Egyptian History


The first major world power was Egypt.  In order to understand much of what was written at that time, we had to decipher hieroglyphics.  This was impossible, until soldiers in Napoleon's army (while in Egypt) discovered a stone in 1799 (produced during the reign of Ptolemy V, c. 200 BCE).   On this stone is an inscription written in three languages:  Hieroglyphic, Demotic, and Greek.  The information written on the Rosetta Stone eventually unlocked the mysterious Egyptian language, thanks to the efforts of French scholar Jean-Francois Champollion.


The Rosetta Stone, The British Museum, London



                                    Papyrus growing outside the Egyptian Museum, Cairo, Egypt                     Making sheets from papyrus,

                                                                                                                                                             Cairo, Egypt


Amenhotep III (1415 BCE,18th dynasty) was one of the most prodigious builders in Egyptian History, many of his statues and temples surviving even today.  He had a long and successful reign.  He inherited a stable and prosperous empire effectively founded by his great-grandfather Tuthmose III (1504-1450 BCE; mummy is in Cairo; incidentally, Egyptian records, describing Thutmose III at Megiddo in 1479 BCE as his Egyptian army defeated a Syrian force, reads "like Horus armed with talons," possibly the first reference to a military chaplain).   The tomb of Amenhotep III in the valley of the kings was discovered by a French expedition in 1799 and is still one of the most impressive today.



                                       Amenhotep III, The British            The Bitter Lake, Sinai (where many scholars believe God                        

                                           Museum, London                                    parted the water through Moses)


A Faluka ride on the Nile


Many scholars believe the exodus occurred during the reign of his grandfather, Amenhotep II (1450-1420 BCE), which would make Tuthmose III the great oppressor of Israel.  However, (reference Ex 12:40) if the 430 years covers the total time of the Egyptian sojourn, then the descent into Egypt would have coincided with the Hyksos invasion and the Exodus occurred during the reign of Rameses II, about 1290 BCE.  Joseph probably entered Egypt during the 12th dynasty, just before the foreign rule of the Asiatic Hyksos (1785-1560 BCE, 13th-17th dynasties).  Hatshepsut (1503-1482 BCE) the most famous of the women Pharaohs, preceded Tuthmose III (actually, made him wait to rule) and was probably the one who found Moses in the Nile and brought him up (assuming an early date for the exodus).  The Great Pyramids were constructed during the 4th dynasty, 2500 BCE.  They were there 1,000 years before Moses was born in Egypt.  You might think the 5x8x12 ft. blocks used to build the pyramid were huge.  But Herod's Temple was built using blocks 37x18x12 ft.  Now that's huge!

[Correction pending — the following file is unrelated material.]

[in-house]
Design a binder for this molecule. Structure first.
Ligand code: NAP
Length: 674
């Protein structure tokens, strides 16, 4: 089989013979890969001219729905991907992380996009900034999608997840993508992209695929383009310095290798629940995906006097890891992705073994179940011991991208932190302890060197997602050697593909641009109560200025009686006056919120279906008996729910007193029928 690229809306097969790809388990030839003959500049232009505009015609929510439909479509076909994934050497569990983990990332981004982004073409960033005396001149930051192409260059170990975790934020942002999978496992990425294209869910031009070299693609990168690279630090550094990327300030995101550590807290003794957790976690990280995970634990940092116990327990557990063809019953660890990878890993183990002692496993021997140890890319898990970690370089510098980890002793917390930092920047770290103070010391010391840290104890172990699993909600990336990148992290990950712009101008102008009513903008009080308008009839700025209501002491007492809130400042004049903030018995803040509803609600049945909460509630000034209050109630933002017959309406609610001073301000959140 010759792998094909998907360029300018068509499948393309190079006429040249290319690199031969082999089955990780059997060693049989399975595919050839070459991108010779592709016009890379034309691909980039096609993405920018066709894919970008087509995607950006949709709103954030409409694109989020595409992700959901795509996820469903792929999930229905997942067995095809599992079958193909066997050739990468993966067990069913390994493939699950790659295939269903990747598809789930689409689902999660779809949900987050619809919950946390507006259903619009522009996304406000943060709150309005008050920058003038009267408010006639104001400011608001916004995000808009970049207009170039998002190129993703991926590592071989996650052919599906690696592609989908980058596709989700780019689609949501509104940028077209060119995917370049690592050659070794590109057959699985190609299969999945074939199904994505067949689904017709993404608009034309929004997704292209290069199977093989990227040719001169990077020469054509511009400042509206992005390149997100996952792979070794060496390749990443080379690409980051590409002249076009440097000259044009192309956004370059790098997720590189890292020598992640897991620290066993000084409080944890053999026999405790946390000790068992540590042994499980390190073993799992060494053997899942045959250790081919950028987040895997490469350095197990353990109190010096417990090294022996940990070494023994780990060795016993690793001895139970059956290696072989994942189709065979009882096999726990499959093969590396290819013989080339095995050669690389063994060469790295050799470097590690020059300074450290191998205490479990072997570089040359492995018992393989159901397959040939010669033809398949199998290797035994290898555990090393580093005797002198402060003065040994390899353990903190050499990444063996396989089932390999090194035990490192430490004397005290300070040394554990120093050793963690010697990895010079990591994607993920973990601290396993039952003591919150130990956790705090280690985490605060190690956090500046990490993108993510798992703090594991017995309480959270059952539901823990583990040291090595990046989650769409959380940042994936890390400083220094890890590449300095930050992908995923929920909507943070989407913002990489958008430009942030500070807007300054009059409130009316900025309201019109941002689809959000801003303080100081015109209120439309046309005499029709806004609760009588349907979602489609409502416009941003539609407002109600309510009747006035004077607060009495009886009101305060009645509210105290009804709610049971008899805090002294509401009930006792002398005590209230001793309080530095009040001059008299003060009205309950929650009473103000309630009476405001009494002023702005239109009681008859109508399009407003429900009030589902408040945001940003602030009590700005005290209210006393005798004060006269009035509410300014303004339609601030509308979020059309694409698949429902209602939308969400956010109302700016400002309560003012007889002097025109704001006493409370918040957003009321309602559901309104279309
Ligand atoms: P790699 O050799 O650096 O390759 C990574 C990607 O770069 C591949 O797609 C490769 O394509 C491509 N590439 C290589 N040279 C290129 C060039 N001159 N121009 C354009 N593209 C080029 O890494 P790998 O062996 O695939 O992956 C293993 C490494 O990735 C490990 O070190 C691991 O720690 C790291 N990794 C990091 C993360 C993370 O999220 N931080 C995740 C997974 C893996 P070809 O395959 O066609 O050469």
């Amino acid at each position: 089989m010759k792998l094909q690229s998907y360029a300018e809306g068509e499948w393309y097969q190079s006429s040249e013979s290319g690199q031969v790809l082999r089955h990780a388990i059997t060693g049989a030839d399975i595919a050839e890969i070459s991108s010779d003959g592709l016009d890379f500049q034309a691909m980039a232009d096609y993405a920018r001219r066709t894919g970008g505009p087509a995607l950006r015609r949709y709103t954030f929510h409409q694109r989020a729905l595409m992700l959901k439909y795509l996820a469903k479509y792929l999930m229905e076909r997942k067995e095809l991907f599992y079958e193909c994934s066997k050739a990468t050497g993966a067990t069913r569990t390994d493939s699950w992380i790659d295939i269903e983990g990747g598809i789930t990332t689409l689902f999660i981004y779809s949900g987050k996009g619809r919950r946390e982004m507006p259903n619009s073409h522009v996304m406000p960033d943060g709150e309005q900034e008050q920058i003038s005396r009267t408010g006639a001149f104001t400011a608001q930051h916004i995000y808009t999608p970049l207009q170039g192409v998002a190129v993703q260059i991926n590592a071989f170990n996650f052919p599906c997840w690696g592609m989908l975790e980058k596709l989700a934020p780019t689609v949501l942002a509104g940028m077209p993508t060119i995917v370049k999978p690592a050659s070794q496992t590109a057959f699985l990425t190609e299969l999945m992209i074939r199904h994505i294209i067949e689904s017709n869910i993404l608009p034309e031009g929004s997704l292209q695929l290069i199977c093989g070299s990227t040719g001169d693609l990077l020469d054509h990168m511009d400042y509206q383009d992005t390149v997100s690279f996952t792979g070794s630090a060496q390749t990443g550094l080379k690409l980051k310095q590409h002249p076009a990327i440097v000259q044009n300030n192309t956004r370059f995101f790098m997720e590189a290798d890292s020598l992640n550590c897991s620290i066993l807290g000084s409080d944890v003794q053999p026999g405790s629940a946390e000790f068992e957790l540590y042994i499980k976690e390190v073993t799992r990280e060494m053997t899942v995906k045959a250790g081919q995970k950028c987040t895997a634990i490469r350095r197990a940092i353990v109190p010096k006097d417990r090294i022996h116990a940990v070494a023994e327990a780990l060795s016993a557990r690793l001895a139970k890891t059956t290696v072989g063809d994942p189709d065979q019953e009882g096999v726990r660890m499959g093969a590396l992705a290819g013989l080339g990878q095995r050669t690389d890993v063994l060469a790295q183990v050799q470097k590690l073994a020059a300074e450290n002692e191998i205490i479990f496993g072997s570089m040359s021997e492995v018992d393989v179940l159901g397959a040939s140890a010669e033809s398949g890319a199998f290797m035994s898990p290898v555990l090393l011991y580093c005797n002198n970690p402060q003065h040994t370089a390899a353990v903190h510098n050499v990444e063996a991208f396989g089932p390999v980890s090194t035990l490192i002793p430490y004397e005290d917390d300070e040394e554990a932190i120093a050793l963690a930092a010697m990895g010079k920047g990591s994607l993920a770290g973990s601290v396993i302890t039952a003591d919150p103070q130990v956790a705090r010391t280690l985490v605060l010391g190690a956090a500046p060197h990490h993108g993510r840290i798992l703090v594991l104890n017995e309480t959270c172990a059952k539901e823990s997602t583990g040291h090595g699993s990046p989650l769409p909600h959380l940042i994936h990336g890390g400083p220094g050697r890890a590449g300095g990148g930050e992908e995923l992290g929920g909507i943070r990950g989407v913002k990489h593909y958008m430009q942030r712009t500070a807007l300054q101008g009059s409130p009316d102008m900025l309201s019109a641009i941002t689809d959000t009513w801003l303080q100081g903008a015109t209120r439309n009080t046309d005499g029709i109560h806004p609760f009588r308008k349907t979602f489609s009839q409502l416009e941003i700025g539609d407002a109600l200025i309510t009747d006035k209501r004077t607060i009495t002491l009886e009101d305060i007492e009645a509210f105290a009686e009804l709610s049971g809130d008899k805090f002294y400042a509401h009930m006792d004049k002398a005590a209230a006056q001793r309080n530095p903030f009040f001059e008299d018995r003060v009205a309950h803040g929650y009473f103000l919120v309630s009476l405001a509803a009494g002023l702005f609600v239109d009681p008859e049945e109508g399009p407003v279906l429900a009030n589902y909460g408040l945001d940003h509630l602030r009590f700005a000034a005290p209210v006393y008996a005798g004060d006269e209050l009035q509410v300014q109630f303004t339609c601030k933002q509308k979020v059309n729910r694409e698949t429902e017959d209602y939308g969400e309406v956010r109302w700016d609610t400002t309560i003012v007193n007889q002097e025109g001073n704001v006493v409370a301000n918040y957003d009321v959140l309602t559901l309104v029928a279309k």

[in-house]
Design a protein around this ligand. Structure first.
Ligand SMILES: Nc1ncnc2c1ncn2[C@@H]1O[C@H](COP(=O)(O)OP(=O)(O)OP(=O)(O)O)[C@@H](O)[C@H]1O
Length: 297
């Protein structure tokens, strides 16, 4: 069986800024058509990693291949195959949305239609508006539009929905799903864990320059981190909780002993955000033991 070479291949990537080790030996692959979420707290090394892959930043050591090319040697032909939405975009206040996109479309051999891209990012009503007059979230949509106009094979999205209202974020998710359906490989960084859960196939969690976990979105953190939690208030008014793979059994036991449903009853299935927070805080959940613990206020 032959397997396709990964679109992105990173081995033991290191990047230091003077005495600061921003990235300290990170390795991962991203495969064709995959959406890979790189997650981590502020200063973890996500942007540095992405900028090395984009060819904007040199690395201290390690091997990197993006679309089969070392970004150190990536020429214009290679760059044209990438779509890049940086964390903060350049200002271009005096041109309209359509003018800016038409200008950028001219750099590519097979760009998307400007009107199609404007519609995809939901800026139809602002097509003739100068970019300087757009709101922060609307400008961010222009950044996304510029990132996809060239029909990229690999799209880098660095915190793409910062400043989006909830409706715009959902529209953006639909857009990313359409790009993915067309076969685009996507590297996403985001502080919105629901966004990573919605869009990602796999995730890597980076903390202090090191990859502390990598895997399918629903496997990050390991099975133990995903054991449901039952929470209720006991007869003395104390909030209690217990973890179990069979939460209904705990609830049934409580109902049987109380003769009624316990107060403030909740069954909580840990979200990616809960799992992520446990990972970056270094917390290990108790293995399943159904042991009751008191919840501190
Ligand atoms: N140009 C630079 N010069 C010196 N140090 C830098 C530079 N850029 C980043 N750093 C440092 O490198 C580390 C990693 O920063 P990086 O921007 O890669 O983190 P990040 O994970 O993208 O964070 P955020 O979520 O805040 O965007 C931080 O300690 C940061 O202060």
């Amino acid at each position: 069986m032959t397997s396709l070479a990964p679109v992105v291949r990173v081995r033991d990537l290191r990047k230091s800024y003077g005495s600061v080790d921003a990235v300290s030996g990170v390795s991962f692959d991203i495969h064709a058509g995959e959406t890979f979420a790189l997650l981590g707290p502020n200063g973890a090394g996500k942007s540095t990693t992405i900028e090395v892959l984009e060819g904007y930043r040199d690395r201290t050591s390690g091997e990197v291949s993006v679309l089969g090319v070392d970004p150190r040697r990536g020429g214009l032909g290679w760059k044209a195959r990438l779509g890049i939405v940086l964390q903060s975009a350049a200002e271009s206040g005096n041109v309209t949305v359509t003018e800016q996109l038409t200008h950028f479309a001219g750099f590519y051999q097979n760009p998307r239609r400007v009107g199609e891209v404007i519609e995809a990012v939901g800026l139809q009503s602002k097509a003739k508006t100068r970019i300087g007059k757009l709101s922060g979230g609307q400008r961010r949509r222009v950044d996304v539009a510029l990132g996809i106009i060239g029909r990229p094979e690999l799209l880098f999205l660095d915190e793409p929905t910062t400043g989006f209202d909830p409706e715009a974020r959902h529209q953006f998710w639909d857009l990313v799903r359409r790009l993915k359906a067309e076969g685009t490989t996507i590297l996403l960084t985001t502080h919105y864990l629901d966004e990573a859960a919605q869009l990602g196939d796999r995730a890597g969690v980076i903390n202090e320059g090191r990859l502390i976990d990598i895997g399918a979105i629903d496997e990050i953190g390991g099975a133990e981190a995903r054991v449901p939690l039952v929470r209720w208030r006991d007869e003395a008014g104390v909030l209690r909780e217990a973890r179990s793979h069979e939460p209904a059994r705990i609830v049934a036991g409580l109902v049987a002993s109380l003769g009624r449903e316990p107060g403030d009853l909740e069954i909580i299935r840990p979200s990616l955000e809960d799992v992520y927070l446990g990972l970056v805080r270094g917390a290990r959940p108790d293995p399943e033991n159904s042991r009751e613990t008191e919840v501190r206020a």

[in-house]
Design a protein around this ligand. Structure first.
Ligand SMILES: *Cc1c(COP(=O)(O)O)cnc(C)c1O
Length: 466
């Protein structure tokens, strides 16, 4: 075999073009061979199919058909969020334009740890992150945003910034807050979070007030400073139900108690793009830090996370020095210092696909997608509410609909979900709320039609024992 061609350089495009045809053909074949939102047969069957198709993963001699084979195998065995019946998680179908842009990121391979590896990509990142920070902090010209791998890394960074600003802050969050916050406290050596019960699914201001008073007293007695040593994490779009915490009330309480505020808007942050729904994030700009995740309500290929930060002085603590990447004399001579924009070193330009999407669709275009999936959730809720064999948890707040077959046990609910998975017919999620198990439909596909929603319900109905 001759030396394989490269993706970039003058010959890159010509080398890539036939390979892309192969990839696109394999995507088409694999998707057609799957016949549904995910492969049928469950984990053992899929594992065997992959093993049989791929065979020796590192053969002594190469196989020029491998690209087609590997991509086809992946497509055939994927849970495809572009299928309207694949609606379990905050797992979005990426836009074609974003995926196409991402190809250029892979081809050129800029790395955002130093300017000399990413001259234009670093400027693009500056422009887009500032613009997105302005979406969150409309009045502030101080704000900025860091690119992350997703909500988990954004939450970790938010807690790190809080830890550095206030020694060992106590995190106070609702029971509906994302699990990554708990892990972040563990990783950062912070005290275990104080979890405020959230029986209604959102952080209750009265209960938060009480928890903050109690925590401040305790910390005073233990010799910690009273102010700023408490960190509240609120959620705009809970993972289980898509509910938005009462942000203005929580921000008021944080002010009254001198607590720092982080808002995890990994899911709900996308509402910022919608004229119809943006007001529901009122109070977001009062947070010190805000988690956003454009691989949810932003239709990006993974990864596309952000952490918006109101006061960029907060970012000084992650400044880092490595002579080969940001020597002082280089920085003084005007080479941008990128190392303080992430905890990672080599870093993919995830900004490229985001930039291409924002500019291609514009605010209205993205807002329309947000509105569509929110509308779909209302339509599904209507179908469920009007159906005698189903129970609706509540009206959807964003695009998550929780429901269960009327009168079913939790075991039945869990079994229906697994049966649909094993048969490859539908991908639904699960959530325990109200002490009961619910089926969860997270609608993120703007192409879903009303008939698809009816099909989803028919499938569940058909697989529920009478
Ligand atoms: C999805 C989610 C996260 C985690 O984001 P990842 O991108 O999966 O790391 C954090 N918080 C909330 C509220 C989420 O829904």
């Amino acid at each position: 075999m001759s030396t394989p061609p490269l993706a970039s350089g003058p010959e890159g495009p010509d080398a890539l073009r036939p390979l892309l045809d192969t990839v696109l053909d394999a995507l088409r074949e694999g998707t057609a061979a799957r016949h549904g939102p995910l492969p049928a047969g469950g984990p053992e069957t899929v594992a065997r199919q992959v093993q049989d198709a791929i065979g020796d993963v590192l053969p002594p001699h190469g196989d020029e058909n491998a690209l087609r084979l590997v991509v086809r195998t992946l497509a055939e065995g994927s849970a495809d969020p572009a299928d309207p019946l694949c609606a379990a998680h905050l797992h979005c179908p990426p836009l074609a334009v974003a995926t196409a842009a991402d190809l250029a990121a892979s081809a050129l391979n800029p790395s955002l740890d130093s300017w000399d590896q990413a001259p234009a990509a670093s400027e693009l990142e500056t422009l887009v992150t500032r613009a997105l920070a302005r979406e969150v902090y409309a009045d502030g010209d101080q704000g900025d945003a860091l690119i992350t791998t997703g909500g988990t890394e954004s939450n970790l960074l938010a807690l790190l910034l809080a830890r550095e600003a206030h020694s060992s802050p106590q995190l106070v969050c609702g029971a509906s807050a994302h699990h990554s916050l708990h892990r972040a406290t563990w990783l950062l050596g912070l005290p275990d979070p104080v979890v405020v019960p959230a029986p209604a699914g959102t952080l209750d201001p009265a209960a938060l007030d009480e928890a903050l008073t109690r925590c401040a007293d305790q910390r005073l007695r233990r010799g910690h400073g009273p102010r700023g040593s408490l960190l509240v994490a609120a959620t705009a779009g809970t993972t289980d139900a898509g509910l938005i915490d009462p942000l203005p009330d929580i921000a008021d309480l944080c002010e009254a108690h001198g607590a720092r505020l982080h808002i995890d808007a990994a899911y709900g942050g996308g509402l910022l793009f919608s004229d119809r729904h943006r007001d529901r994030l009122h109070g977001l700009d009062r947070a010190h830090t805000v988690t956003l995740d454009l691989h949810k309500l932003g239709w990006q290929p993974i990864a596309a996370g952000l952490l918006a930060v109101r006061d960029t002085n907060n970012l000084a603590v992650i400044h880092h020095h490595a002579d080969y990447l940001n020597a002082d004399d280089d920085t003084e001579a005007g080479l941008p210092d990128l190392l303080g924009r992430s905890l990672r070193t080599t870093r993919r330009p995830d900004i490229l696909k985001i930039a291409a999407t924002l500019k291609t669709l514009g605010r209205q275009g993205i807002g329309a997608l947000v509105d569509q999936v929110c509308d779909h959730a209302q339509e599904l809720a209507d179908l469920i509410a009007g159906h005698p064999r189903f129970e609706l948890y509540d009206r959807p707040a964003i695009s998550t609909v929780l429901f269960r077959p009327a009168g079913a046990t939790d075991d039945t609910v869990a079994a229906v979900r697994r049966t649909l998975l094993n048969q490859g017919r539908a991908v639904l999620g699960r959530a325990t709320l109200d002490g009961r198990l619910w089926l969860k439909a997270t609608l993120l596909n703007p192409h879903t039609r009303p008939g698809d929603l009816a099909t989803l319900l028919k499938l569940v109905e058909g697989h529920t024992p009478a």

The River Nile and the Red Sea                                 Marah, Sinai, where the water was bitter



                                    The Great Pyramids, Cairo, Egypt (the last of the                    The Great Pyramids, taken from

                                             Seven Wonders still intact)                                             Space Station Alpha



                                     Mummy of Rameses II, at the Egyptian Museum,                        Inside the smallest of the          

                                   Cairo, Egypt (Moses may have looked into this face)                      Great Pyramids, Mycerinus                


The Sphinx, carved from a single stone in the quarry Chephren used when building his tomb

(Chephren was the son of Cheops).  Really, no one knows who built the Sphinx or why it was built.


Ancient Rameses is located at Tell el-Dab‘a in the eastern Delta, approximately 100 km northeast of Cairo. In antiquity, the Pelusiac branch of the Nile flowed past the site, giving access to the Mediterranean.  The reason why it took so long to find the city?  It is hard work looking for mud bricks in mud.  Rameses II (19th dynasty, 1304-1235 BCE) ruled for 65 years, and was one of the greatest of the pharaohs.  He was a great builder, but somewhat of a plagiarist also.  He occasionally claimed credit for the accomplishments of his predecessors.  His mummy is in Cairo.  His son Merneptah (1235-1220 BCE, mummy also in Cairo) is thought by some to be the pharaoh during the exodus (which would mean Rameses II was the great oppressor of Israel).  In 1906, Sir Flinders Petrie found a slab of black syenite containing a record of Merneptah's victories, made in the 5th year of his reign.  The word "Israel" occurs in the middle of the second line from the bottom.  It says:  "Plundered is Canaan.  Israel is desolated; his seed is not.  Palestine is become a widow for Egypt."  Scholars who hold to the earlier exodus date consider this a reference to a raid of Mernepta's into Palestine some 200 years after Israel had settled in the land.  The decline of Egypt began shortly after the 19th Dynasty, perhaps as a result of the plagues.  Rameses III began the 20th dynasty. 



                              Merneptah's Stele, Egyptian Museum                        Smoking a water pipe in a bedouin tent, Sinai


Looking west from the top of Mount Sinai (or, Mt. Horeb, the traditional place where Moses received the

Ten Commandments).  In 1 K 19:8, Elijah journeyed there when he was running from Jezebel.



Note:  While I make every effort to produce an error-free document, errors occasionally creep in. I would appreciate you bringing any to my attention so that I may make the necessary corrections.


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